Collections listed by subject
The collection consists of inactive records from the University at Albany's Art Department.
1 cubic ft. (about 1 boxes)
This collection contains correspondence and materials related to Ludwig Bachhofer's professional interests in and knowledge about Asian art.
12.18 cubic ft. (about 12.18 boxes)
The collection contains the papers of Fritz Blumenthal.
7 cubic ft. (about 7 boxes)
A 1940 graduate of the New York State College for Teachers, Brown was a respected children's book writer and illustrator, and a three-time Caldecott Medal winner.
82.55 cubic ft. (about 82.55 boxes)
The collection contains approximately 5,000 original pencil and penandink drawings of European and American musicians, writers, and public figures, most of which were drawn by Benedikt F. Dolbin to illustrate his articles in the New York migr newspaper Aufbau and in the magazine Musical America.
12 cubic ft. (about 12 boxes)
This collection contains files (photocopies) of the Emergency Rescue Committee, founded in June 1940 in New York by German and American intellectuals and academics soon after the Nazi invasion of France. The files contain letters, registration cards, and other materials of an organization based in New York City concerning some 170 Émigrés and their efforts to flee to the United States from Nazi persecution. Includes files about Alfred Döblin, Hans Natonek, Nelly Sachs, Fritz von Unruh, and Friderike Zweig.
3 cubic ft. (about 3 boxes)
The majority of these papers focus on Geof Huth's artistic activities: his creation of artworks, his involvement in the fields of visual and experimental poetry, his productions as a micropublisher, and his work as an active blogger in the worldwide network of online poets. They also document his personal life and professional career in archives and records management.
60.7 cubic ft. (about 60.7 boxes)
The collection contains an autobiographical manuscript and original prints for Hermann Broch's Death of Vergil.
2 cubic ft. (about 2 boxes)
The Thomas Nattell papers document the life of a mental health worker and political activist active during the 1980s and 1990s in Albany, New York. He created and participated in organizations like the Albany Peace and Energy Council (APEC) and the Three Guys From Albany poetry troupe. He also acted as promoter and event coordinator for movie showings, poetry open mics and an annual 24-hour poetry reading alongside a coinciding international postcard art event. Nattell used poetry and other arts to advance world peace, anti-nuclear power and proliferation, and environmental issues. This collection contains videos of events, photographs, scrapbooks full of art and poetry mailed from around the world to Nattell, subject files with research on topics related to his professional work as well as his activism, poetry, correspondence, and clippings.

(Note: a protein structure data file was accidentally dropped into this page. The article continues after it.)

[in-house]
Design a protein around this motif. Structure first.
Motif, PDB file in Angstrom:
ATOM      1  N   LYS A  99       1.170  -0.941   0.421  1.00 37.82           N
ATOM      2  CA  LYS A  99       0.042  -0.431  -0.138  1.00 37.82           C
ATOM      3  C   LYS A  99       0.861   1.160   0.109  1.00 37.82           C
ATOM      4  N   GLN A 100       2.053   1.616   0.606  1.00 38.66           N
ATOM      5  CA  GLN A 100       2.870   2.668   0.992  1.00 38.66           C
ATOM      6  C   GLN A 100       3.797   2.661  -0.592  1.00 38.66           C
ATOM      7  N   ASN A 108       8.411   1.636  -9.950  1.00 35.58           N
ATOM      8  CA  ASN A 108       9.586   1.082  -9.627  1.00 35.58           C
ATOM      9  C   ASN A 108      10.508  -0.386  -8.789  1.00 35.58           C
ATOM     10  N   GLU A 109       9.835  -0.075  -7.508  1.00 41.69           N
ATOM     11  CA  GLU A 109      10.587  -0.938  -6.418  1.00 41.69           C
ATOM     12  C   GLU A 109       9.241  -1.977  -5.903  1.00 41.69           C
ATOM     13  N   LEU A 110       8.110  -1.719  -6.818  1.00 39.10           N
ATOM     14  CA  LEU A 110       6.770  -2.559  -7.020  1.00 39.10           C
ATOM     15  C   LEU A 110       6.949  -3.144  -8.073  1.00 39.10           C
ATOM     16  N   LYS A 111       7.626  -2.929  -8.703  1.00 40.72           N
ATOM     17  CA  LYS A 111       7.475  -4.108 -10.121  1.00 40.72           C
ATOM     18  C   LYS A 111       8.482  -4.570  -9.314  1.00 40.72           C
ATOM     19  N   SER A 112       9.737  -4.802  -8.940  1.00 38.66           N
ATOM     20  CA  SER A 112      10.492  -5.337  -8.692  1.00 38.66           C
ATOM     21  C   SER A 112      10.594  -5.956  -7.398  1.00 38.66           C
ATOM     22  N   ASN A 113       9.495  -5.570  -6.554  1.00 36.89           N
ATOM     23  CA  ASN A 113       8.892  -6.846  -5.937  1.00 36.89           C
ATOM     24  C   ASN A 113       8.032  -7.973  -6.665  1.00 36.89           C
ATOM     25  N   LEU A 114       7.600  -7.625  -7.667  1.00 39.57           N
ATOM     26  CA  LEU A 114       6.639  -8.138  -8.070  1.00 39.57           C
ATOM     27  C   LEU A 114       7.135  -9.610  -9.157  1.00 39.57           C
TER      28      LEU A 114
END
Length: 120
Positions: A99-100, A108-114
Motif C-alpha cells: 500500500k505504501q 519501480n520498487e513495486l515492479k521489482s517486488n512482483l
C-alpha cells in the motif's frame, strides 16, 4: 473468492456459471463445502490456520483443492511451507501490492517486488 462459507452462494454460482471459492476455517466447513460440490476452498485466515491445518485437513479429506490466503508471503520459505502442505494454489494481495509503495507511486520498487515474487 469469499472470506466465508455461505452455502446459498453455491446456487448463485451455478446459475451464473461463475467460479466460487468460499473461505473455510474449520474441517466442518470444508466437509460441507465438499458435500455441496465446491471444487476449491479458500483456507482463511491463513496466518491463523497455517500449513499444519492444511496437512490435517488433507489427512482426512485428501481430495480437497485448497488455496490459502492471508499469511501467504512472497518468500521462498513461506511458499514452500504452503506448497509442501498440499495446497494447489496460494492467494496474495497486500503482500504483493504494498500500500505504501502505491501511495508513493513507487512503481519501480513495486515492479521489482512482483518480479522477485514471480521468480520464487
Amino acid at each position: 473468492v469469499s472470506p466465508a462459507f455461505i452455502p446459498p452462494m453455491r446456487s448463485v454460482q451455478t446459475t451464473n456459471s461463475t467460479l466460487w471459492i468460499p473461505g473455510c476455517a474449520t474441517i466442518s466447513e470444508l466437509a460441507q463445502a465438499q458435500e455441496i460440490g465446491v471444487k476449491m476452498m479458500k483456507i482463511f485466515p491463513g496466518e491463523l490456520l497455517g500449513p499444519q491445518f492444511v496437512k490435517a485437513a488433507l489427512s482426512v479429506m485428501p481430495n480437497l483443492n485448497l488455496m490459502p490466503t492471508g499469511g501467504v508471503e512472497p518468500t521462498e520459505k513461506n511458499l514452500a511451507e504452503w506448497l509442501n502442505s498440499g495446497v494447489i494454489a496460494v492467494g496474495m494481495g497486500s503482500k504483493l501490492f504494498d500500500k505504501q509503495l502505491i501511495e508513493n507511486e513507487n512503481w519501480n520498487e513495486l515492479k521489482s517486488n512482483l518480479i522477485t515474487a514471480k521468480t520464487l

12.1 cubic ft. (about 12.1 boxes)
The collection documents the professional life of photographer and journalist Fritz Neugass.
60 cubic ft. (about 60 boxes)
The collection contains copies of manuscripts of poetry, plays, and essays by Alfred Neumeyer, an art historian who taught at the University of Berlin until 1935 and thereafter at Mills College in Oakland, California.
0.1 cubic ft. (about 0.1 boxes)
German-Jewish painter interned in the French concentration camp at Gurs, painted portraits of Thomas Mann, Albert Einstein, and other notables.
3 cubic ft. (about 3 boxes)
Originally the Department of Speech and Dramatic Art, it encompassed the disciplines of Dramatic Art; Rhetoric and Public Address; Radio, Television and Film; and Speech Pathology and Audiology. The Department is responsible for the operation of the State University Theatre, is closely affiliated with the Northeastern New York Speech Center, and is the sponsor of a number of course-related student organizations
7.167 cubic ft. (about 7.167 boxes)
Records of the Art Museum that was built on UAlbany's Uptown Campus with the support of Governor Nelson Rockefeller.
The Alfred Werner Papers contain typescripts of his writings on artists and art topics, as well as a small amount of correspondence, student papers, notes and research materials used for his writing. Werner’s main focus was on Jewish art and artists.
23 cubic ft. (about 23 boxes)